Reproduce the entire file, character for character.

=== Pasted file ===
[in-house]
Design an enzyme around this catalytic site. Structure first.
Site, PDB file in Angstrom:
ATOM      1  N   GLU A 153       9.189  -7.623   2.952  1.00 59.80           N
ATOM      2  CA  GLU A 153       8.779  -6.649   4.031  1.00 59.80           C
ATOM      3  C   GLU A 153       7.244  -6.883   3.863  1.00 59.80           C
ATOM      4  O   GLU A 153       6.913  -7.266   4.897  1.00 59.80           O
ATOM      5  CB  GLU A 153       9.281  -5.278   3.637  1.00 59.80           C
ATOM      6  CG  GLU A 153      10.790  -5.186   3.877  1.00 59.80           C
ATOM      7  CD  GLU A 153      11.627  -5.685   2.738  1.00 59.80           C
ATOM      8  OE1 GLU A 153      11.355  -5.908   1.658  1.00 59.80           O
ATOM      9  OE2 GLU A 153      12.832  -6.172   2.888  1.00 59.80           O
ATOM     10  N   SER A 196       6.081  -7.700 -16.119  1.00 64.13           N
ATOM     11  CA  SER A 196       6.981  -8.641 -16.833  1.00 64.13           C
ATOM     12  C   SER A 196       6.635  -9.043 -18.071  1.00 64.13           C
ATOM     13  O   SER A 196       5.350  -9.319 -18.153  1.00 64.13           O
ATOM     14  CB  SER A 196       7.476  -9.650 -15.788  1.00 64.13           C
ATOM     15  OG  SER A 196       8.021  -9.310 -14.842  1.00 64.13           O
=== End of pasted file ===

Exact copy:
[in-house]
Design an enzyme around this catalytic site. Structure first.
Site, PDB file in Angstrom:
ATOM      1  N   GLU A 153       9.189  -7.623   2.952  1.00 59.80           N
ATOM      2  CA  GLU A 153       8.779  -6.649   4.031  1.00 59.80           C
ATOM      3  C   GLU A 153       7.244  -6.883   3.863  1.00 59.80           C
ATOM      4  O   GLU A 153       6.913  -7.266   4.897  1.00 59.80           O
ATOM      5  CB  GLU A 153       9.281  -5.278   3.637  1.00 59.80           C
ATOM      6  CG  GLU A 153      10.790  -5.186   3.877  1.00 59.80           C
ATOM      7  CD  GLU A 153      11.627  -5.685   2.738  1.00 59.80           C
ATOM      8  OE1 GLU A 153      11.355  -5.908   1.658  1.00 59.80           O
ATOM      9  OE2 GLU A 153      12.832  -6.172   2.888  1.00 59.80           O
ATOM     10  N   SER A 196       6.081  -7.700 -16.119  1.00 64.13           N
ATOM     11  CA  SER A 196       6.981  -8.641 -16.833  1.00 64.13           C
ATOM     12  C   SER A 196       6.635  -9.043 -18.071  1.00 64.13           C
ATOM     13  O   SER A 196       5.350  -9.319 -18.153  1.00 64.13           O
ATOM     14  CB  SER A 196       7.476  -9.650 -15.788  1.00 64.13           C
ATOM     15  OG  SER A 196       8.021  -9.310 -14.842  1.00 64.13           O